The collective West is effectively blackmailing Belgrade on the Kosovo issue, and accepting its proposal would only prompt more demands, iconic Serbian filmmaker Emir Kusturica has said. The award-winning director made the remarks in an interview with Russia’s Izvestia newspaper, excerpts from which were published on Tuesday.
The pressure on Serbia comes amid the ongoing conflict between Moscow and the West, and, on a large scale, is part of a centuries-old struggle between major powers for control over access to warm seas, Kusturica stated. The timing for the EU-designed deal involving Serbia and its breakaway province, Kosovo, spearheaded by France and Germany, is directly linked to these ongoing hostilities, he believes.
“This blackmail agreement came at a time when the Ukrainian-Russian conflict is changing, when the Russians are advancing. They want to set the Balkans on fire and are bringing them to the point where the choice is either-or. This is an ultimatum, not an agreement,” Kusturica stressed, adding that accepting the deal would only lead to new ultimatums.
Still, the director expressed confidence that Belgrade would never agree to such a proposal.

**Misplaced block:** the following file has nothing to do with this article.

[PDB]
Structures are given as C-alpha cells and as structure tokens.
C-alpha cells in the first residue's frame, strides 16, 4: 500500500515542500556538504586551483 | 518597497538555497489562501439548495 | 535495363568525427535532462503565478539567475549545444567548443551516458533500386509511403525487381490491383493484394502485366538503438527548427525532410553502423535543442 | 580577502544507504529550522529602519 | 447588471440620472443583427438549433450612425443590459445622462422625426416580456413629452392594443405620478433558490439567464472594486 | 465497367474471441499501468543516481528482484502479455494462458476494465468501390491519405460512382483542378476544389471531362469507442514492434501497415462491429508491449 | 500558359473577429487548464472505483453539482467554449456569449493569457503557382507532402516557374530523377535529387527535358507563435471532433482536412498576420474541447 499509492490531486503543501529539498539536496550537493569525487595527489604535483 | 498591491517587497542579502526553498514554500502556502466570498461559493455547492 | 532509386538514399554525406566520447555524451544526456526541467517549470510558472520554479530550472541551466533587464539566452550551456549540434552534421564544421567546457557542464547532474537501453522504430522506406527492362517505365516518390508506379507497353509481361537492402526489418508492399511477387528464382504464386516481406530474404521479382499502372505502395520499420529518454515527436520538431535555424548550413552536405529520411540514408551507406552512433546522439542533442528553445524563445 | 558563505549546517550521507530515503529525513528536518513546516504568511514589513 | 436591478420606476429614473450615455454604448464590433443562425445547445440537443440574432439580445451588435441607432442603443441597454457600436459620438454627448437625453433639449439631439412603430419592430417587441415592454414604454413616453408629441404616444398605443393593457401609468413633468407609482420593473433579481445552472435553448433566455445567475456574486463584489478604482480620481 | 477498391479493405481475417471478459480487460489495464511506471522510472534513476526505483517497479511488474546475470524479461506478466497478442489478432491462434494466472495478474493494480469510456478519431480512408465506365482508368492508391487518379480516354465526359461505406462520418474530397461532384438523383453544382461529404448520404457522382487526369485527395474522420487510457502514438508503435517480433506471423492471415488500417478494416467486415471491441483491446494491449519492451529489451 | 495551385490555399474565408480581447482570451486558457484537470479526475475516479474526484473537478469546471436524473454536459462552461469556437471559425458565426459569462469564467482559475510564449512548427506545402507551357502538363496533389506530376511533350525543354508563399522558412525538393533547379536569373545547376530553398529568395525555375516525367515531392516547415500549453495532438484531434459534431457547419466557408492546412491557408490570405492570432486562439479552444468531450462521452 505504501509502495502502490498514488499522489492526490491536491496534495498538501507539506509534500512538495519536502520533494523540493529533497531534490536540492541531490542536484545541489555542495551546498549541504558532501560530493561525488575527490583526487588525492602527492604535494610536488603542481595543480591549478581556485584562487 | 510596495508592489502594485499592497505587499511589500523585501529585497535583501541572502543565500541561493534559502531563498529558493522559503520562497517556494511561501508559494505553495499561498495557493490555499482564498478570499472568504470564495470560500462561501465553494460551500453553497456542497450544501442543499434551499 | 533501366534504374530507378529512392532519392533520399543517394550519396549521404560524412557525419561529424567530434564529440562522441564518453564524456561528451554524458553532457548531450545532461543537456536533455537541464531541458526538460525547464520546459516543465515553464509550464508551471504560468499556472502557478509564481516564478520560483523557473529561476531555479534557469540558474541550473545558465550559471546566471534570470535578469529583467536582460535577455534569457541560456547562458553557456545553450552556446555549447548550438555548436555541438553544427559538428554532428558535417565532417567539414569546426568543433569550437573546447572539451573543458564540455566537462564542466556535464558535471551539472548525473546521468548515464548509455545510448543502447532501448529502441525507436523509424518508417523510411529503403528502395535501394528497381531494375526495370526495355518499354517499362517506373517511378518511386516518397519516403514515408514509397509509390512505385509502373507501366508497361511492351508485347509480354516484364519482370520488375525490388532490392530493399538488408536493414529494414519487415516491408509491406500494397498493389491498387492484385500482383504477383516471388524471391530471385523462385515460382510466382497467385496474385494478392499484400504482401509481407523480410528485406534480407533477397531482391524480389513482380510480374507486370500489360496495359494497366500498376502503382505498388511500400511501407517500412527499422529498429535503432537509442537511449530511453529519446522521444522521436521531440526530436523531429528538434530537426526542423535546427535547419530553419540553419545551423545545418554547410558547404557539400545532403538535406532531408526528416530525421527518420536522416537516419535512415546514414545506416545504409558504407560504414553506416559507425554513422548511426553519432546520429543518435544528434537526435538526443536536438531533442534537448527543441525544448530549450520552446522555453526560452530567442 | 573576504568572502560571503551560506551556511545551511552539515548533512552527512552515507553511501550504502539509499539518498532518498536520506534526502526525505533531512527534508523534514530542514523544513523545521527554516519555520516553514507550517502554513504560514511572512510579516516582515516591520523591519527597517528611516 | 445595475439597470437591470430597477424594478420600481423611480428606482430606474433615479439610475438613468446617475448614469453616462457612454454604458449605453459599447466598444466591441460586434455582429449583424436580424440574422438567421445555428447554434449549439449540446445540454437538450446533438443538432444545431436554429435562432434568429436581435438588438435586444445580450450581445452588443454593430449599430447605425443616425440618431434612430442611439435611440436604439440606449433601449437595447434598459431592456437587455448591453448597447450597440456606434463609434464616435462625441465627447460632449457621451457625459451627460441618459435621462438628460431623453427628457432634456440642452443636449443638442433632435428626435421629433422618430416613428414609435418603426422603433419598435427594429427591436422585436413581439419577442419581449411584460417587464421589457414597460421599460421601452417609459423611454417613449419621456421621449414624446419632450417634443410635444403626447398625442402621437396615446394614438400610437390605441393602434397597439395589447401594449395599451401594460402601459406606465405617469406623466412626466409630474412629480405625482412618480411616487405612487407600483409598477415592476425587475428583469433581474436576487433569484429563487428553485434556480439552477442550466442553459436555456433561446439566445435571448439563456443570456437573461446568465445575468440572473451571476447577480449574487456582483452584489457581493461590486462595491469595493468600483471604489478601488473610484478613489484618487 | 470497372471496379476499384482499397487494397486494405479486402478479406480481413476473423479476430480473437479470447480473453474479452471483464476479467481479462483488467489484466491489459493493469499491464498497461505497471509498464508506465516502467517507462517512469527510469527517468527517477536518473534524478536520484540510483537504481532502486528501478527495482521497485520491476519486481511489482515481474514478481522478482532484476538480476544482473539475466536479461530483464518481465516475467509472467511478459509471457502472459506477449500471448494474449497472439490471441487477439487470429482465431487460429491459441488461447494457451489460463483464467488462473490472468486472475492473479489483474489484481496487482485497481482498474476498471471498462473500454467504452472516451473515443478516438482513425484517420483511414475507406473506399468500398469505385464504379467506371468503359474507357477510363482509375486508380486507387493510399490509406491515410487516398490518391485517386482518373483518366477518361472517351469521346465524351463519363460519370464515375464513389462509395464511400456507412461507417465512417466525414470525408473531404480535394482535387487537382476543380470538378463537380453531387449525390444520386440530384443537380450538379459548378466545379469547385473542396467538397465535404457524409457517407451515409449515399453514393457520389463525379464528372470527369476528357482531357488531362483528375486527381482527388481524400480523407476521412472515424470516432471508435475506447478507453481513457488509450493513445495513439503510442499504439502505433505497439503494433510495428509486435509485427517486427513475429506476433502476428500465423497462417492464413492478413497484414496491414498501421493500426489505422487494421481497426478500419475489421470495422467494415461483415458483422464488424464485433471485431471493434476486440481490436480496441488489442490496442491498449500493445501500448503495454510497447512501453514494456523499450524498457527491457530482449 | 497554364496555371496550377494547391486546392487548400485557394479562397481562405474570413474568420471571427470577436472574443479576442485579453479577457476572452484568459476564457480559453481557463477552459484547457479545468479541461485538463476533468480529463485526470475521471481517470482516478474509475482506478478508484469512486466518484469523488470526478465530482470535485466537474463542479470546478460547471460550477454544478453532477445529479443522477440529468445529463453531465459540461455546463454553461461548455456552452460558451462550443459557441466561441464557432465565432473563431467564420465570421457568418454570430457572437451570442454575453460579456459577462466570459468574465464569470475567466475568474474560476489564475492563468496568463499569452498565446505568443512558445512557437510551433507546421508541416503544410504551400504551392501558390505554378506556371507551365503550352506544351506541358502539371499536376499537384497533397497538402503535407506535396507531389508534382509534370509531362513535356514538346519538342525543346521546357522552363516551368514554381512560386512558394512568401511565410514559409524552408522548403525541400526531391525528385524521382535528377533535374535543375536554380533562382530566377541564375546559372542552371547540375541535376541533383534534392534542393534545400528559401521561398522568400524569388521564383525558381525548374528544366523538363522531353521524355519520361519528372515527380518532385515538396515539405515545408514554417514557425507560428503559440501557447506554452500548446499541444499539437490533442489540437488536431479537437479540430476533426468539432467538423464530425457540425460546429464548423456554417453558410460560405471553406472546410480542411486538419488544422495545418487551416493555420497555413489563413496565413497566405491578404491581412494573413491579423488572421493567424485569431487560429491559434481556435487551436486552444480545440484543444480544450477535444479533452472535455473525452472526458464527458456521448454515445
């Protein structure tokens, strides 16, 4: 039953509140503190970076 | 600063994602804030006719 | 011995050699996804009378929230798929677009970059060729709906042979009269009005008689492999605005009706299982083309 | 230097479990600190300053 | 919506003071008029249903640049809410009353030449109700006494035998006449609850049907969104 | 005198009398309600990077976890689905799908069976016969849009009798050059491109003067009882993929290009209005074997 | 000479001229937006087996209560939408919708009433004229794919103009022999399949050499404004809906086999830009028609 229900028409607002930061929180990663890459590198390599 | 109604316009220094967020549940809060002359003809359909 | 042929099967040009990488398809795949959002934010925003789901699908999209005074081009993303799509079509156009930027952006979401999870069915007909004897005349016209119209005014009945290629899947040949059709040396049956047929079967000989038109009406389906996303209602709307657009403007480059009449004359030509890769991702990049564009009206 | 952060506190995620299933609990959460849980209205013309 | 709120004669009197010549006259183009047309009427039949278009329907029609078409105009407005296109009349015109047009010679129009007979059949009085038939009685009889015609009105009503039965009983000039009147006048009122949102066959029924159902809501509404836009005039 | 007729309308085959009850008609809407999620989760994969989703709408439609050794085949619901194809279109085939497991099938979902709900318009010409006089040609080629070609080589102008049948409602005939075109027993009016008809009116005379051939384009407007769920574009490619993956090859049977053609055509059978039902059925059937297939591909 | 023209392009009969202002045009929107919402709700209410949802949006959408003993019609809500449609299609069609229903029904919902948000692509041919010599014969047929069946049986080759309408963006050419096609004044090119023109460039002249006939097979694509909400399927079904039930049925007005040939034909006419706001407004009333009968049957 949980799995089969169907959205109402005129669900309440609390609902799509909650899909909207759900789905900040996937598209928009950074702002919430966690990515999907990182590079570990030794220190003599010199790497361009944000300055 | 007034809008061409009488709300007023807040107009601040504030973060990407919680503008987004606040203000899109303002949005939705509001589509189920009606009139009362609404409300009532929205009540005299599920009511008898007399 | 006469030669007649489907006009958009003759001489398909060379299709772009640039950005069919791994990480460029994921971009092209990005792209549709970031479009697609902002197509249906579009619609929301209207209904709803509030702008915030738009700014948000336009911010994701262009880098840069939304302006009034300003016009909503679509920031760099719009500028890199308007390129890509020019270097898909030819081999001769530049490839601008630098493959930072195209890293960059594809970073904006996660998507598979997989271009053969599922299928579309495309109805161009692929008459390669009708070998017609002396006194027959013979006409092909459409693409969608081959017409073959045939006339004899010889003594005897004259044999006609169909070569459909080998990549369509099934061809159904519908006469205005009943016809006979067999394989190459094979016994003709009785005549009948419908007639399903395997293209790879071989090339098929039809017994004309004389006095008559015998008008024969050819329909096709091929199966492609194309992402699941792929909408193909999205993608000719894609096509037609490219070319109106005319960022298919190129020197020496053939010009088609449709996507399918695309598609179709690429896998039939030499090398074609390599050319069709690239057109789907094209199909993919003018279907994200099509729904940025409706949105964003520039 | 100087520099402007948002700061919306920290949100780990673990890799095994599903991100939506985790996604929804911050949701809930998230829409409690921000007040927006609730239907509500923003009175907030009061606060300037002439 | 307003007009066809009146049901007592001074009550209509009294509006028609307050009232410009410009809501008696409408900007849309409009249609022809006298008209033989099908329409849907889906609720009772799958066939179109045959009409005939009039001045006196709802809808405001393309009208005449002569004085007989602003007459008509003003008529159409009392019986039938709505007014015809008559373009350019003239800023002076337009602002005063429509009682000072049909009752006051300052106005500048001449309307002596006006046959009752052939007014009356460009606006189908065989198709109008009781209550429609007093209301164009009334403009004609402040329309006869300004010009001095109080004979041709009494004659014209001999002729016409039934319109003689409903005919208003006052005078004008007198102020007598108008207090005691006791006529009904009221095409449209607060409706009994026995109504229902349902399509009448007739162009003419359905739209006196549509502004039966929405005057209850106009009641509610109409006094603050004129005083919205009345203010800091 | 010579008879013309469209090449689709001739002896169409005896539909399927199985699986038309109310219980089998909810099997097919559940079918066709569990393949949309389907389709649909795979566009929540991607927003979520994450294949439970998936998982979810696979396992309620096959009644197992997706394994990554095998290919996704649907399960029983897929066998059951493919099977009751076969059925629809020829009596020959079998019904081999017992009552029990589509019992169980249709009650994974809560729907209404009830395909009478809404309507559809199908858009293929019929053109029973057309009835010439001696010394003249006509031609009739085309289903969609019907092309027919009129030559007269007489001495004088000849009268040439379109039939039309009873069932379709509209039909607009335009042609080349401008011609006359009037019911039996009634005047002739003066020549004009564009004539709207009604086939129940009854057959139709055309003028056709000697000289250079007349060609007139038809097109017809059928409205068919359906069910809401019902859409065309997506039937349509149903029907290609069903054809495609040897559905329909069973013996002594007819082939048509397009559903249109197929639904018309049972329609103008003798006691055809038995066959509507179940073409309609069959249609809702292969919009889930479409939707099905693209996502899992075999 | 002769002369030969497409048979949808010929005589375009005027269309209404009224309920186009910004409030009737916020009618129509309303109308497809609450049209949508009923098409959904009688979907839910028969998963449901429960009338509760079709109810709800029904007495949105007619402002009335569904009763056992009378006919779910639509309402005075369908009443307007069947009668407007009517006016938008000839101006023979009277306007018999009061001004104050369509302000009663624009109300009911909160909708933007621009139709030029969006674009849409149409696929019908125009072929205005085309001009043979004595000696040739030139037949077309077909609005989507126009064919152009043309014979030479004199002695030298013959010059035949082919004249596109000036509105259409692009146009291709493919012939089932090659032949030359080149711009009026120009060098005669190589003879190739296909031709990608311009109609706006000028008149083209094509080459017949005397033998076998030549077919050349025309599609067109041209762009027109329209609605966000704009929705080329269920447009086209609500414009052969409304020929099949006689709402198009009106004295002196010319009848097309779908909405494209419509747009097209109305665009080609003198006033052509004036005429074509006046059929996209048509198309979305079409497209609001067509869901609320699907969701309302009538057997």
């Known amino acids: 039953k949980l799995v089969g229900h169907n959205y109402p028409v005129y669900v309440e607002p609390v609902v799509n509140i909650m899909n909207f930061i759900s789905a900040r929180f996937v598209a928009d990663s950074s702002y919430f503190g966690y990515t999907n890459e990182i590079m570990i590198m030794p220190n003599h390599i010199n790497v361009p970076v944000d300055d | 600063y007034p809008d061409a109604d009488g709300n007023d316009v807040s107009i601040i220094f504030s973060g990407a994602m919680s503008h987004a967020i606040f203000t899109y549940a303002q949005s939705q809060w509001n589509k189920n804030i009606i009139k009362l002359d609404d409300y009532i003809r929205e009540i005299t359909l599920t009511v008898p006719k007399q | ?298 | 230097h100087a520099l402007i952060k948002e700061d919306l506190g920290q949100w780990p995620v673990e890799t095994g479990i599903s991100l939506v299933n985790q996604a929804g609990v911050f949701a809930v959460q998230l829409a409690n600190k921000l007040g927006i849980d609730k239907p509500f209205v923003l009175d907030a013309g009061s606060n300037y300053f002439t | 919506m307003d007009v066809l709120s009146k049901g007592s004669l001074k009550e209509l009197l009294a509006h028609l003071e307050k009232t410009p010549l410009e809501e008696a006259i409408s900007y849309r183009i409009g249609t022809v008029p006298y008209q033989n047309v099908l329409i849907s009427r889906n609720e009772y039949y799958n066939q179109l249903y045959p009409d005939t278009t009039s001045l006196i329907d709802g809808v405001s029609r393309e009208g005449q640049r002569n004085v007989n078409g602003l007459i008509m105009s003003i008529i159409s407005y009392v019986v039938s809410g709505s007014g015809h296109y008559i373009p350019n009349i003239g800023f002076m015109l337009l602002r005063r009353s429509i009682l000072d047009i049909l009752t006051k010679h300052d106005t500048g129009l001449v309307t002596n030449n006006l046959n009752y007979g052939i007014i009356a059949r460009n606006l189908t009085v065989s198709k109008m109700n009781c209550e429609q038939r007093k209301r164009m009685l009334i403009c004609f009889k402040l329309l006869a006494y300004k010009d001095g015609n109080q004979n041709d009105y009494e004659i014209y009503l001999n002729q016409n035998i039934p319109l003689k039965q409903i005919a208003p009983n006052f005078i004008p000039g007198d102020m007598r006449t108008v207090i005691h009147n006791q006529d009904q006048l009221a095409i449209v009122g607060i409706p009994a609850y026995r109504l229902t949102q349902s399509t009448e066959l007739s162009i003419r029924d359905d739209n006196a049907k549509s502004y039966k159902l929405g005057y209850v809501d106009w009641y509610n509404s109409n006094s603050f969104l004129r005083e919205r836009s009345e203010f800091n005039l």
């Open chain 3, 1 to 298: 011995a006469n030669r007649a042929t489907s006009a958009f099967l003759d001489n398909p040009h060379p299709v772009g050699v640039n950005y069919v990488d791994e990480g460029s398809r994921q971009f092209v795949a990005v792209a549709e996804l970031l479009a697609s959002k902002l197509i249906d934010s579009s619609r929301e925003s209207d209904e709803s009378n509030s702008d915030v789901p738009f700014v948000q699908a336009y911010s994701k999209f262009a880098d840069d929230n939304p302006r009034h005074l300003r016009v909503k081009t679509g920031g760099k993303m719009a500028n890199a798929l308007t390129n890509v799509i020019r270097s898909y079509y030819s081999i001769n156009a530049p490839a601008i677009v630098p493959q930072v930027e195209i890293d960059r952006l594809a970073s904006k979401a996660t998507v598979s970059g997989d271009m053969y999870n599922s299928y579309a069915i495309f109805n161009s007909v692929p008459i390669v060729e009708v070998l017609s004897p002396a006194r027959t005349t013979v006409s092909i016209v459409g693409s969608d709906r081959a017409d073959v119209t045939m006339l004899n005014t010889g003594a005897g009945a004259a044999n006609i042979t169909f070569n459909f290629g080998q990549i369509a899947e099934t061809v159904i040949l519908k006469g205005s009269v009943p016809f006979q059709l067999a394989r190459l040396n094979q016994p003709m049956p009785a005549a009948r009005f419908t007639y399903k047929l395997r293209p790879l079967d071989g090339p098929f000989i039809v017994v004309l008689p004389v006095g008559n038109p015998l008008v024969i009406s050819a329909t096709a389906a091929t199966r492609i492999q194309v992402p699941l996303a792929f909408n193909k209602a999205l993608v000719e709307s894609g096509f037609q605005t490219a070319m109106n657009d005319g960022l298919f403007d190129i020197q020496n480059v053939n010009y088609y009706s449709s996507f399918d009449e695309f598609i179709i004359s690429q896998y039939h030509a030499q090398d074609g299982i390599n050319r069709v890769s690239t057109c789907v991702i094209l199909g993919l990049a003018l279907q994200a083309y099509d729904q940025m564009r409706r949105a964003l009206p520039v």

The agreement, presented last year, envisions expediting Serbia’s EU membership process in exchange for de-facto recognition of Kosovo’s independence by Belgrade. This would become possible given that Serbia accepts the breakaway province’s membership in international organizations such as the UN, EU and NATO. So far, Belgrade has been resisting this scenario, but the West has continued to pressure the nation over the matter.
Last week, Serbian President Aleksandar Vucic said the deal “hardly contains anything we would be happy about,” lamenting the unwillingness of the West to seek any compromise. The refusal to accept the agreement would result in the EU halting all integration processes, re-imposing a visa regime, stopping all new investments, and withdrawing all the current ones, he said.
“We have the following choice: either, on the one hand, isolation, sanctions of one sort or another, but there are no worse sanctions than the withdrawal of investments, about which I was directly told three times,” Vucic stated.
Kosovo broke away from Serbia during a war in the late 1990s after the US-led NATO waged a bombing campaign against Belgrade in 1999. Washington and many of its allies recognized Kosovo as a sovereign state after its parliament voted to declare formal independence in 2008, but Belgrade itself and nations like Russia and China did not.